Costco members go for the glory
THERE ARE MANY routes to the Olympics. For some, the path involves carrying the banner as one
of the dominant athletes in their sport. Others participate in supporting roles that are just as impor-
tant, as coaches, physicians, trainers and more. In honor of this month’s Olympics in Beijing, The
Connection is sharing the stories of a few Costco members who are on the road to gold.
Training for interviews
ATHLETES ARE used to working hard. However,
though they spend hours a day practicing, they may
neglect an event that could become almost as important: the media interview.
That’s where Kevin Long comes in. The West
Lafayette, Indiana, Costco member is a media trainer
www.sportsmediatraining.com), tasked with making
sure these athletes know how to handle themselves in
front of the camera or with a reporter.
“Some athletes are so focused and driven on the
sport,” observes Long, “they don’t understand the
value of being perceived well.
“Reporters aren’t out there trying to get you, but
if you present them with the opportunity they’ll take
advantage of it, so you have to be prepared,” continues Long, who has done media training for numerous schools, teams, athletes and coaches, as well as
members of Congress and U.S. and foreign government officials.
Long gets his clients ready with a presentation
and then conducts mock interviews.
“We’ll put them in front of the camera and throw
them a few softballs,” he says. “And then we’ll grill
them really hard to make them squirm and scream.
Then we let them watch and show them what they
did. ‘Your body language is off here. What you’re telling me by the way you’re holding your head or frowning or shuffling in your seat, crossing your legs,
tapping your fingers on the table, are all cues that
you’re not comfortable
with your answer.’ ”
Long sums it up:
“My job is to get them
comfortable and confident, because then
they’re in control.
They [usually] don’t
get a lot of media
attention, but now
to a stage where
Kevin Long prepares one of the U.S. Women’s
Water Polo team members for a mock interview.
IT MAY BE hard to imagine a
champion track star with a less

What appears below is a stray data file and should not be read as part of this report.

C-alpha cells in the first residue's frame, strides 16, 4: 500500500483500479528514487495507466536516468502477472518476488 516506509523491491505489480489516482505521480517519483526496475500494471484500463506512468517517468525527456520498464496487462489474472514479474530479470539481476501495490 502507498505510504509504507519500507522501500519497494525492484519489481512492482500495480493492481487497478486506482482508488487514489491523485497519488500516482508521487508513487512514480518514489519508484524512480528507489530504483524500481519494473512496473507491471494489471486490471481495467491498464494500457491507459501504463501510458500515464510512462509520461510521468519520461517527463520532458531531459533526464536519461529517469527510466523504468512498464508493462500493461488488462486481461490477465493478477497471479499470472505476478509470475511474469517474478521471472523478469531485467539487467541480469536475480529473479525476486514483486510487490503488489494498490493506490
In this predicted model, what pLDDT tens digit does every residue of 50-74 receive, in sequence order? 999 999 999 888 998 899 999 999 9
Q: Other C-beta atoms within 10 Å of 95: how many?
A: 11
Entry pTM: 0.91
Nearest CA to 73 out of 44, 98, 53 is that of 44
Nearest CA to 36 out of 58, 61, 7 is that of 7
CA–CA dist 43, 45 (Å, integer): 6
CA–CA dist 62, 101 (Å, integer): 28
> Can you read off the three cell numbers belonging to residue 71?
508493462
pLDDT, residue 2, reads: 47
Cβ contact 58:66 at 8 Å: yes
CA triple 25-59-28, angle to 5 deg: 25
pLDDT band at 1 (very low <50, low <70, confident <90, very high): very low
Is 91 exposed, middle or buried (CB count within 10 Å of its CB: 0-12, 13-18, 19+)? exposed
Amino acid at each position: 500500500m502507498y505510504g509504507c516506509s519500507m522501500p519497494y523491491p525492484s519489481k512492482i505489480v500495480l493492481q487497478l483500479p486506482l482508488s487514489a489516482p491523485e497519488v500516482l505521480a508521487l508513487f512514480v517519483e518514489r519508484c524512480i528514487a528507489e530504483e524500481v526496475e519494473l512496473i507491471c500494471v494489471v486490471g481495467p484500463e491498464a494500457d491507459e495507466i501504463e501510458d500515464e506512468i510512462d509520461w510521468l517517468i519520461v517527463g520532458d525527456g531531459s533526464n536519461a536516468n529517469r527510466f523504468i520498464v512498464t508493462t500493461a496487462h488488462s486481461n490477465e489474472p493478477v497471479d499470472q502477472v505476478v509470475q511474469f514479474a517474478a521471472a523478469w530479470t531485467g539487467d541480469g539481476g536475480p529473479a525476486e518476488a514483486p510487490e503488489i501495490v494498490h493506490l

appropriate nickname. But
23-year-old Costco member
Allyson Felix, affectionately
called “Chicken Legs” by her
teammates, just shrugs it off
and lets her feet do the talking.
Although she didn’t start
running until ninth grade,
inspired by her brother, she
showed such promise that she
turned professional immediately after high school, and in
2007 she became only the second woman in history to win
three gold medals at one
International Association of
Athletics Federation World
Championships. Coached by
Bob Kersee, the husband and
trainer of six-time Olympic
medalist Jackie Joyner-Kersee,
Felix won the 200 meters in
21.81 seconds, the fastest time
run by a woman in this century.
The daughter of an
ordained minister, Felix sees
her running ability as a gift
from God, “My faith is the reason I run—it calms my heart
and makes everything feel like
a lift. My speed is definitely a
gift from Him, and I run for His
glory. Whatever I do, He allows
me to do it.
“I am a competitor to the
fullest, and my goal is to win,
but my purpose for competing
is my faith and to bring glory
Overcoming life’s hurdles
WITH RACES averaging just 13 seconds, the
110-meter hurdles—ten 3.5-foot-high hurdles,
spaced along a straight course—is an event that can
plague a competitor with injuries from speed as well
as contact with the hurdles. Thirty-year-old Costco
member Terrence Trammell, from Atlanta, Georgia,
is no stranger to either.
“I think that my biggest challenge has been overcoming injuries,” says Trammell, who has had to
battle through several that threatened to throw him
off track. “It is really tough to come back and prepare
to run in a major championship.”
Nevertheless, he has prevailed. Running with an
injured hamstring, he took second place in the 2003
U.S. Nationals, finishing 0.01 second behind the
winner. In 2007, a groin tear while leaping
over the seventh of the 10 hurdles merely
slowed him to silver medal pace. With
a heavily taped-up leg, Trammell
later won the 2007 U.S. Championships. Trammell has won silver
medals in the 2000 and 2004
Summer Olympics and—
injured or not—is considered one of the strongest
U.S. contenders for 2008.
—T. Foster Jones